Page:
EmComm – Have We Forgotten Our Roots?

Cold War Amateur Radio Operators,  EmComm, Appliance Operators and 9/11.  What is the linkage between these terms?


Cold War Amateurs is a term I recently ran into on another blog. As I understood it, the term relates to the older, more technically refined and highly respected generation of the Amateur Radio operators among us.  In my opinion, these are the guys who have the knowledge to create gear from a box full of parts and fix complex problems deep inside solid state radios.

At times you hear these guys on the HF bands with their quality audio conducting nets or having one on one discussions about equipment.  In the past, I was very fortunate to have met a number of these gentlemen while serving as an officer in the local Radio Clubs. What I learned from them and more importantly about them are wonderful memories which I will never forget.

EmComm is the new (digital sounding) acronym for a process which has always been the heartbeat of Amateur Radio. Traditional Amateur Operators made EmComm a part of their hobby mindset. There was no question about the loyalty of the Cold War Amateurs when this aspect of the hobby was put in motion.

If a true emergency occurred then, there was no direct EmComm chain of command to follow as there is today. Amateur Operators just knew it was their duty to participate in any way possible  and get through the problem at hand.

I volunteered to man Amateur Communications in a local high school during the Wildfires here on Long Island.  It was amazing to see the outpouring from local businesses. There were so many truckloads of food, water and clothing that they had to be turned away. Local repeaters were turned over to us and our local health and welfare traffic was handled smoothly and efficiently.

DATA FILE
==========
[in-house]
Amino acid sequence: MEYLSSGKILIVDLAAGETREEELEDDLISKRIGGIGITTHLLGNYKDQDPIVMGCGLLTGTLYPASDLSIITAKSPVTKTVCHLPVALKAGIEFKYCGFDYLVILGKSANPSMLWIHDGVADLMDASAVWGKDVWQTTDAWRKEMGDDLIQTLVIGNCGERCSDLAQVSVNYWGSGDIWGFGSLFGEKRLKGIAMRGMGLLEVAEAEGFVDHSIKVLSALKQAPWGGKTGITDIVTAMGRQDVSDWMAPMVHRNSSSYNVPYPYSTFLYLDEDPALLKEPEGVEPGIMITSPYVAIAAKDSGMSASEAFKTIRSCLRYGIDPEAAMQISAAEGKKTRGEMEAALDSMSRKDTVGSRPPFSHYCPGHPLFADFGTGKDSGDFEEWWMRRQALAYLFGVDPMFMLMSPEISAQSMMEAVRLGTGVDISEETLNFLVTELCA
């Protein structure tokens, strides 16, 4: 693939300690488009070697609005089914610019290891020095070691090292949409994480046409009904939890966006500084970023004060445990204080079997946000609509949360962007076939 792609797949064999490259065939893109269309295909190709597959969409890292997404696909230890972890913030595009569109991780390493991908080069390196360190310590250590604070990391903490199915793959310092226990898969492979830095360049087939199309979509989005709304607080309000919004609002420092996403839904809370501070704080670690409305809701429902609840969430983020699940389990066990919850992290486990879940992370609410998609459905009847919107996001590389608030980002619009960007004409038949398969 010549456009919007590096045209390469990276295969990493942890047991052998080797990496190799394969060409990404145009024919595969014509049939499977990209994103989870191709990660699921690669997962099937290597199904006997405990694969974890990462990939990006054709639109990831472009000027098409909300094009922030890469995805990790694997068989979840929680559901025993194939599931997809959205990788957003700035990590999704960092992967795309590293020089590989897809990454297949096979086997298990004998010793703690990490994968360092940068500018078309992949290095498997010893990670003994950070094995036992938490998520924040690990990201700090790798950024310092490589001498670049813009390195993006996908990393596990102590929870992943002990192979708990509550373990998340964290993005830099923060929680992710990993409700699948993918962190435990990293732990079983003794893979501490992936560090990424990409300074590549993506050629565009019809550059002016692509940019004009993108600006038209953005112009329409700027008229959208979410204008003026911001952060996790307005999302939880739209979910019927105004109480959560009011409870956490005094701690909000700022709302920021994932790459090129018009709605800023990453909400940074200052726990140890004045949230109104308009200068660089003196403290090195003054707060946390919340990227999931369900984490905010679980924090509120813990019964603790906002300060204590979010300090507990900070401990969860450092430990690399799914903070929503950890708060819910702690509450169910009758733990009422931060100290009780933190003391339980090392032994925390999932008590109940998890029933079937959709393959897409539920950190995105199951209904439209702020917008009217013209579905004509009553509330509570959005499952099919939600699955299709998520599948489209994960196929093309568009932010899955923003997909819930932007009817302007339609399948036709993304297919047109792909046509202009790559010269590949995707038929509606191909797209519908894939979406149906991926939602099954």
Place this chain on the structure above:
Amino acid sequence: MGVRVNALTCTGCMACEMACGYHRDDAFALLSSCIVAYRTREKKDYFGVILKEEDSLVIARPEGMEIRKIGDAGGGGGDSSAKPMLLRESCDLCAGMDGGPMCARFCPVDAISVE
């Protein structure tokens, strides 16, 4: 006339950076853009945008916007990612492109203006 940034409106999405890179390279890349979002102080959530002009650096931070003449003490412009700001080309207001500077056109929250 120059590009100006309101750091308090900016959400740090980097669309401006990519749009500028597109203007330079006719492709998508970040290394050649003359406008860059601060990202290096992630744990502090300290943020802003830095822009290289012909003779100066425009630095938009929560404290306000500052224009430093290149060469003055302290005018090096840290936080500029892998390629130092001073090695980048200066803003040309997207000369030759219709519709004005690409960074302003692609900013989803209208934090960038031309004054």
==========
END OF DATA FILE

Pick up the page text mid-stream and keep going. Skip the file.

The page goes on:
As I see it, Field Day is still the prime example of traditional EmComm. I know and knew many Cold War Amateurs who had long given up building equipment and working the bands but when field day rolled around, they would always show up to do their part.  Most did not stay but made damn sure that the operation was up and running satisfactorily before they went on with the rest of their day.

Back in the day, no Amateur operator I had met would have turned their back on this crucial aspect of the hobby. Why? Because we  knew that it was the underlying reason that the hobby existed in the first place. Hanging on to frequencies, like anything else has to be justified and EmComm was and is a big part of the reason that the Feds have not sold off our part of the spectrum… yet.

Appliance Operators, according to the post I read is the label that traditional Cold War Amateur Operators have given to some of the post Cold War Amateurs. These Amateurs do not possess the traditional knowledge and skill set held by the Cold War generation.

I suspect that dumbing down of the license requirement and removing code as a rite of passage has given rise to this label. I actually think there is some shred of truth to this but the label will fade as the torch is passed to the next generation of Amateur Radio Operators. Let’s see, what what the term that was used on the older Amateur Community as they were coming up through the ranks? Was it LID?

Both labels have been pasted on my forehead at one time or another during my 27 years with the hobby. I don’t possess that refined knowledge to create RF circuits from a box of parts. My knowledge would barely fill a thimble if I compared myself to some of the  Amateur Operators that I have and had known over the years.  Labels are not productive but are just an unfortunate component of  human nature.

9/11 has changed much in the world. I know, that goes without saying. Getting something close to a strip search occurs every time you fly. Spot checks, occurrences of  racial profiling and cameras exist  everywhere.

9/11 also has changed the face of EmComm.  EmComm Managers no longer hold the same view of the volunteer Amateur Radio Operator.  Strict guidelines have been implemented within government.  At the center of the controversy is the fact that volunteer Amateur Operators can no longer directly communicate with Emergency Managers.